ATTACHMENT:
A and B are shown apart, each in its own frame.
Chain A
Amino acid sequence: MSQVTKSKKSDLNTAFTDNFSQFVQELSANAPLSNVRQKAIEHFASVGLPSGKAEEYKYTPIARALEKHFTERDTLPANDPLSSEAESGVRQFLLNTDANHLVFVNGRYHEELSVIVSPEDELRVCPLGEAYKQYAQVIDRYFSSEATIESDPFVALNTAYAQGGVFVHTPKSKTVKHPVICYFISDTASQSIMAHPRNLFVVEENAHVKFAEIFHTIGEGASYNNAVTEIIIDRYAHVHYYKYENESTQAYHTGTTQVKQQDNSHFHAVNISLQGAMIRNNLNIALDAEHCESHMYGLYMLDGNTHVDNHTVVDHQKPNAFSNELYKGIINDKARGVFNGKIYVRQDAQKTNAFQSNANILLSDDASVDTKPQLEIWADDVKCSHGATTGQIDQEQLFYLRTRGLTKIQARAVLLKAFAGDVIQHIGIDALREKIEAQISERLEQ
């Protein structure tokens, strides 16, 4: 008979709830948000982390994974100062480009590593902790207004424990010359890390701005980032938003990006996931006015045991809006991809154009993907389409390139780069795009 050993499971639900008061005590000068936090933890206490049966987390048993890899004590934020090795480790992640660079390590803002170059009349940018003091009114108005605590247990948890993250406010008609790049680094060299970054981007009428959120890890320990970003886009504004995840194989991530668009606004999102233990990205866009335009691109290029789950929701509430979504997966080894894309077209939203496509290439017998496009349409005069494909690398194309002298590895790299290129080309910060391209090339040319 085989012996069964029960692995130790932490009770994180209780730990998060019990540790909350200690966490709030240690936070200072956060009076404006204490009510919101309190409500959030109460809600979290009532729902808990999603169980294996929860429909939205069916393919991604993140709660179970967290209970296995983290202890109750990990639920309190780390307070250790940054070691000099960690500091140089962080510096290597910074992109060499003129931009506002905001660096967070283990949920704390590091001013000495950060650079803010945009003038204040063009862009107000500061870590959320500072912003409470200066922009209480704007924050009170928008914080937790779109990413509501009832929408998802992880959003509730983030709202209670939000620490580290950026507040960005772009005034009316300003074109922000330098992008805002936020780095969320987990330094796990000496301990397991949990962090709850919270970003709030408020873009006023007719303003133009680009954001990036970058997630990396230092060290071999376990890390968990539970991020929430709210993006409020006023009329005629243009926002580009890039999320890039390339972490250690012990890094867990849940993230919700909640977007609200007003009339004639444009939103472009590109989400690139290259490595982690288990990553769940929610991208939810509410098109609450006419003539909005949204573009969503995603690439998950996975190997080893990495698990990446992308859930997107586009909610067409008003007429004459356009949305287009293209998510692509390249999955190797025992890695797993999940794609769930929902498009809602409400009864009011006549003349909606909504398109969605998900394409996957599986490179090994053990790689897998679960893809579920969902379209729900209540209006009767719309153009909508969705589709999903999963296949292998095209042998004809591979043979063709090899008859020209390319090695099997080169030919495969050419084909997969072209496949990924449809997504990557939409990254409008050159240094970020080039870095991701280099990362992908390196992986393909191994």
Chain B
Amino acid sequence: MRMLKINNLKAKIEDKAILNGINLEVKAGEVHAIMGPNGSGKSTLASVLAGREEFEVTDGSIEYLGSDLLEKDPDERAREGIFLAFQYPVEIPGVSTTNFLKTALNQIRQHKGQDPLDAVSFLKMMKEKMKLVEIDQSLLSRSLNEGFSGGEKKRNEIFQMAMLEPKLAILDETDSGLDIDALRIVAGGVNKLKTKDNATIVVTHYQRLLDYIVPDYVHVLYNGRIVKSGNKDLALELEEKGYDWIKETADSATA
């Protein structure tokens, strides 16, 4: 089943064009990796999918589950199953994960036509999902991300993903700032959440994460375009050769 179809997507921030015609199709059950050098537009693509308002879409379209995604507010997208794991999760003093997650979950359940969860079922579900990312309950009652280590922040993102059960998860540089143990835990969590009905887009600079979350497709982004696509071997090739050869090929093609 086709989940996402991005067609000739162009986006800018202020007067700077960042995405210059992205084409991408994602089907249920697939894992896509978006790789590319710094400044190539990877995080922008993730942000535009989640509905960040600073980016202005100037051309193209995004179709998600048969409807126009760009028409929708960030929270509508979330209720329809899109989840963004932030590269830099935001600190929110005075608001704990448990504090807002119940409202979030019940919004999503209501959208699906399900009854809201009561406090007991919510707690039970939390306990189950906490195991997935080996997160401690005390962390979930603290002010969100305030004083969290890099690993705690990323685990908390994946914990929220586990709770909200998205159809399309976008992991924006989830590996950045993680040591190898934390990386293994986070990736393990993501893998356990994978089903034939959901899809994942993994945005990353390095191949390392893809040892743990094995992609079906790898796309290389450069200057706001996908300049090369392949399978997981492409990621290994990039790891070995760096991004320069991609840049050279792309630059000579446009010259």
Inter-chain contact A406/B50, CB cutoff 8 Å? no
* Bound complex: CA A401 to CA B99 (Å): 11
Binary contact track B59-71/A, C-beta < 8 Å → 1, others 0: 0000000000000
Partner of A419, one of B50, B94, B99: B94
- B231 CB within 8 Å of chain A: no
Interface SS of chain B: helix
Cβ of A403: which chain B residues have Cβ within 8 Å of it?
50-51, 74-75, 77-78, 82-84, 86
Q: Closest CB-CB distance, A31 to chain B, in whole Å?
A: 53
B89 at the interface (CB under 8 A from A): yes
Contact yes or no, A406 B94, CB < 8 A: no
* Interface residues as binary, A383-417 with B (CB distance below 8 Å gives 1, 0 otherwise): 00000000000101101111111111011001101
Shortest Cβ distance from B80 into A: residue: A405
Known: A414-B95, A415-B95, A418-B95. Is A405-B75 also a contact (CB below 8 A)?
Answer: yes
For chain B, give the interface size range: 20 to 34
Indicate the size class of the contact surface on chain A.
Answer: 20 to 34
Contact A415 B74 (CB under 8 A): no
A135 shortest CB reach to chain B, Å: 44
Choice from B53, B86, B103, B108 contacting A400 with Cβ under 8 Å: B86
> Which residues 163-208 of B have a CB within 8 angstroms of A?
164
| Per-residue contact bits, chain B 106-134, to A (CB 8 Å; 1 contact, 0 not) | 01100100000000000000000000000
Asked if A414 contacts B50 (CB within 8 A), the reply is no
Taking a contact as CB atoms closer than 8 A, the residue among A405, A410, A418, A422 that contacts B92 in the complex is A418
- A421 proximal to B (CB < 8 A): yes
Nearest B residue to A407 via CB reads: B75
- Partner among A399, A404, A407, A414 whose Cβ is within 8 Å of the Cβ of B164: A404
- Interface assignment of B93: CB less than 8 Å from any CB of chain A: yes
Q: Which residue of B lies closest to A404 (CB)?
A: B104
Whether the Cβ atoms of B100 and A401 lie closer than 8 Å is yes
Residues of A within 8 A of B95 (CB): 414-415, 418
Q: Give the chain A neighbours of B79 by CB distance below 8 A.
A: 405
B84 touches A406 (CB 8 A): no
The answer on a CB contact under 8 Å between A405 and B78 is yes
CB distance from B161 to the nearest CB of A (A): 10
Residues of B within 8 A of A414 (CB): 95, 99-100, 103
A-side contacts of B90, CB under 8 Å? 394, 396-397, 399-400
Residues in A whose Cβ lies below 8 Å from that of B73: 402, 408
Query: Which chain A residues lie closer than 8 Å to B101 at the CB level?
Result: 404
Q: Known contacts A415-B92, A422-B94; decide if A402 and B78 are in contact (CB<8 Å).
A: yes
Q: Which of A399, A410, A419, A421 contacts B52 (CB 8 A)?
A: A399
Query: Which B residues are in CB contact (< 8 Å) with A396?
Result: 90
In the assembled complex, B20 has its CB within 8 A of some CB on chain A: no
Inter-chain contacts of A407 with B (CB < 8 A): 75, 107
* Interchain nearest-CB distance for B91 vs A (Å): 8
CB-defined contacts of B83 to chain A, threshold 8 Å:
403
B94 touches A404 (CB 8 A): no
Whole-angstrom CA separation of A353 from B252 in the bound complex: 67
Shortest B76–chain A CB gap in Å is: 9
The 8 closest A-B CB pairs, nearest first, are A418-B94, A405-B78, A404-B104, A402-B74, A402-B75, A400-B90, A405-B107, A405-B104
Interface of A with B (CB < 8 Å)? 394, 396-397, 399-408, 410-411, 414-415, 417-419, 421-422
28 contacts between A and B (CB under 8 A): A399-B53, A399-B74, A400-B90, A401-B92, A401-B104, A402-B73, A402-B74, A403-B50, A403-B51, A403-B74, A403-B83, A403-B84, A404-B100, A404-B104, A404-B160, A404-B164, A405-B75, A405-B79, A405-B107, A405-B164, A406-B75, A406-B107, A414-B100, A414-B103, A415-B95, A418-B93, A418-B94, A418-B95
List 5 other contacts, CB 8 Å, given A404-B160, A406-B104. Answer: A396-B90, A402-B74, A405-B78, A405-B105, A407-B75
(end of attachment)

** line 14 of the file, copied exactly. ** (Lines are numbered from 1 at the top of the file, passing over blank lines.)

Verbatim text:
Cβ of A403: which chain B residues have Cβ within 8 Å of it?